“People who talk about revolution and class struggle without referring explicitly to everyday life, without understanding what is subversive about love and what is positive in the refusal of constraints, such people have a corpse in their mouth.”
Raoul Vaneigem – The Revolution of Everyday Life
“Meaningful action, for revolutionaries, is whatever increases the confidence, the autonomy, the initiative, the participation, the solidarity, the equalitarian tendencies and the self-activity of the masses and whatever assists in their demystification. Sterile and harmful action is whatever reinforces the passivity of the masses, their apathy, their cynicism, their differentiation through hierarchy, their alienation, their reliance on others to do things for them and the degree to which they can therefore be manipulated by others – even by those allegedly acting on their behalf.”
Solidarity – As We See It
“It was s’posed to be so eeeeasy.”
Late as ever, I didn’t hear A Grand Don’t Come For Free until 2005 – thanks to my sister getting it me for Christmas. (This isn’t bad when you consider that I didn’t hear Black Cherry until Autumn 2004…)
I love it, probably for all the reasons Mark K-Punk hates it. Not being a reader of Loaded, or someone who fraternises with whining “indie-windies” I’ll have to confine myself to why I like the album, and not worry about who else does. (How very mature of me.)
Mark, with all his political denunciations of emotion, ends up being a bit confused when the theme deviates from his usual dead-pan pop-robotics. He thinks Skinner is glorifying what he sees as “laddish”, whereas to me he the whole point of the album is the transition between passivity and taking some responsibility for your life – the corner being turned during the rewind on the last track. I’ve never seen myself as “a lad” but I’ve fallen for some of the same traps described so well here…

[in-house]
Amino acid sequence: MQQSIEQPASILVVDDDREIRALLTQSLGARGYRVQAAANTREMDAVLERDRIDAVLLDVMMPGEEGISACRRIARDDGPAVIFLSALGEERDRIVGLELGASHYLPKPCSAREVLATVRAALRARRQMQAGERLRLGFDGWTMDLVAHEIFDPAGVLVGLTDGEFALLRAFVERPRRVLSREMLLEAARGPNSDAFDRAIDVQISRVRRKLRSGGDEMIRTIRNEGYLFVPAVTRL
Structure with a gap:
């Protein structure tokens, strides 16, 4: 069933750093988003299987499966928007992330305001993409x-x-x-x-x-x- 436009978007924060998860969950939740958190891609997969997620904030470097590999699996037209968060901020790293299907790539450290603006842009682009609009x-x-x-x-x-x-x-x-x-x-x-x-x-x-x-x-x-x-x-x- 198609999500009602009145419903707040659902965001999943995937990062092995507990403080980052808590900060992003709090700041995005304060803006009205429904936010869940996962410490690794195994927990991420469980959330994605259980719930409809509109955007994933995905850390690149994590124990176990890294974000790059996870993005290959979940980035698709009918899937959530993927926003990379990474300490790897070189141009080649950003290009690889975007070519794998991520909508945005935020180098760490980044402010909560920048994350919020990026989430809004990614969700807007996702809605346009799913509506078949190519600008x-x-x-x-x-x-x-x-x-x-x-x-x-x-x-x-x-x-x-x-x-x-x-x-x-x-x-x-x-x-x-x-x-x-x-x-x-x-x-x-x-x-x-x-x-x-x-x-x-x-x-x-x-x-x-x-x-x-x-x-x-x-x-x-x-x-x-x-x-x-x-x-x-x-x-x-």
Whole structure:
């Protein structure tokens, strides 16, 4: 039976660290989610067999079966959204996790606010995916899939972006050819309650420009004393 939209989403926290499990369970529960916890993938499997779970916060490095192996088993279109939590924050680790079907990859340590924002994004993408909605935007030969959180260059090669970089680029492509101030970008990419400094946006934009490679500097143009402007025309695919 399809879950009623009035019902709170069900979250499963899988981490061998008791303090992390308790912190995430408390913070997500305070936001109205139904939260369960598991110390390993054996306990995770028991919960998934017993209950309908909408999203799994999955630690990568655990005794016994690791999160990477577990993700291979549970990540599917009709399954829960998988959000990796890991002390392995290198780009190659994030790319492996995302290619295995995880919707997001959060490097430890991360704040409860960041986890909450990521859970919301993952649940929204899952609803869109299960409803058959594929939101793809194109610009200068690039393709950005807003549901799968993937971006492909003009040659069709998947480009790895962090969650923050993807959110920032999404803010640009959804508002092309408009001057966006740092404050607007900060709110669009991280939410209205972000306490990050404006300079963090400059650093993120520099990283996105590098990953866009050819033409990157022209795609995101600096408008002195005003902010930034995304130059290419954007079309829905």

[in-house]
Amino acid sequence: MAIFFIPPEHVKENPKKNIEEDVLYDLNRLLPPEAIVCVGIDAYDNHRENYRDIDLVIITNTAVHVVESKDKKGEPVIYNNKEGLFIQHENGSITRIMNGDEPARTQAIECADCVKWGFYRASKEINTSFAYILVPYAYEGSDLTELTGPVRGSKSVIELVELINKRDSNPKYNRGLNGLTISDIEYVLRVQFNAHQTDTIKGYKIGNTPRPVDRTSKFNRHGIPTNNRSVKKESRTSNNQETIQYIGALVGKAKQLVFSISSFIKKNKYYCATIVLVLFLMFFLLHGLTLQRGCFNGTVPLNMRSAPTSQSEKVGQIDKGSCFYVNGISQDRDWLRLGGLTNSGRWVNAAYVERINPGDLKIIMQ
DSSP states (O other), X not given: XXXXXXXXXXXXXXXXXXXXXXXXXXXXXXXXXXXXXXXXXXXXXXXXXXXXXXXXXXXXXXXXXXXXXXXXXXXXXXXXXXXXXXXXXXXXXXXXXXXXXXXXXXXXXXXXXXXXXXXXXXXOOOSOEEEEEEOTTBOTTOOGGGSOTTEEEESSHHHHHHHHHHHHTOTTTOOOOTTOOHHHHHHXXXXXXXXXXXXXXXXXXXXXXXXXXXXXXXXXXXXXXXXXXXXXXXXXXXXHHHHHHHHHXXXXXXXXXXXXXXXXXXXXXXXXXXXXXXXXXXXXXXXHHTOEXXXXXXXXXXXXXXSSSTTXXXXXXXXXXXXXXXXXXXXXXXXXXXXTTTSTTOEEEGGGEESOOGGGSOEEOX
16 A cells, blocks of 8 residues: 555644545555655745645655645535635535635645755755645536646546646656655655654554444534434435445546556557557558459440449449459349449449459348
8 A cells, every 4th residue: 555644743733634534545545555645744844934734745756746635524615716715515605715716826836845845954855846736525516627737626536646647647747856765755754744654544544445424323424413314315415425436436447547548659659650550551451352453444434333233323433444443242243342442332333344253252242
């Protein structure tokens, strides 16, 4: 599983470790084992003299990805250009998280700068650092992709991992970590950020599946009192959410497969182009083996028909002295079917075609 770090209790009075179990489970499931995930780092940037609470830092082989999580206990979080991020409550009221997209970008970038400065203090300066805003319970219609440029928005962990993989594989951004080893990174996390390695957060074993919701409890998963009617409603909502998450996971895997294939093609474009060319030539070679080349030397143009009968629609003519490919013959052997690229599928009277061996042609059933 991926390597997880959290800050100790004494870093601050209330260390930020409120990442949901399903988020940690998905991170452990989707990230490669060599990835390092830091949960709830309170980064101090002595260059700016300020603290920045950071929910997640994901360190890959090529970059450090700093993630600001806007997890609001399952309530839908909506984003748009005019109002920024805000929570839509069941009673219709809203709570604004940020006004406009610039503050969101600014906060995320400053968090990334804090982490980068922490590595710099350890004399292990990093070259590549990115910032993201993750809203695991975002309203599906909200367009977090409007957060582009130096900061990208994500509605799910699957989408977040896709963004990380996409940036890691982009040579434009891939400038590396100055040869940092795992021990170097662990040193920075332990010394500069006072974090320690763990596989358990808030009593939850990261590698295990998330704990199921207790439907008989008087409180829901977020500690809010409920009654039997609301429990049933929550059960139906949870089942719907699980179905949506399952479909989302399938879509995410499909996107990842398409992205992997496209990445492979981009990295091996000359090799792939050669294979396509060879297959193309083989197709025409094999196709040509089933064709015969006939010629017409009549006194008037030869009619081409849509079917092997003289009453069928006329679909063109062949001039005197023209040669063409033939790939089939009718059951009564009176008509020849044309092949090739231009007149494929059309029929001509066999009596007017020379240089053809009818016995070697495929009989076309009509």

For most of the album things happen to Mike – he is a “victim” of circumstance. His only victories being:
a) His total inertia preventing him even from leaving the flat to put on a doomed bet.
b) Getting the girl – which is a glimpse of the endgame, not in the sense of happily ever after – but in that getting off your arse and striking it lucky is a way of crawling out of a lethargic swamp.
It comes down to your interpretation, but it seems to me that the obsessions with weed AND with sitting on the sofa watching telly are actually presented as being the wholly negative dead ends (rather than means to ends, when used sparingly) which they can be – and have been, for me.
Similarly, the use of cliché is not, for me, evidence for the prosecution but an example of how we all try to get through the hard times – platitudes don’t actually do anything productive but are a way of temporarily escaping from the pain of being chucked or whatever. It doesn’t mean they are “real”, or desirable, or even useful in the healing process, but it is a hole which people retreat into. It’s those little observations about life (in all its messiness) along with phones going wrong, mumbling to yourself, being a drunken dick, etc which make it for me.
“It’s the end of something I did not want to end – the beginning of hard times to come.”
With tongue firmly wedged in cheek, I will argue that A Grand Don’t Come For Free is profoundly Nietzschean.
Zarathustra/Skinner has descended from his cave in the mountains after ten years of roaching spliffs in front of the TV. He wants to tell us about the overman, about overcoming. About joy, about having the strength of will to take responsibility for every moment in your life and to wish nothing more than for each moment to be repeated.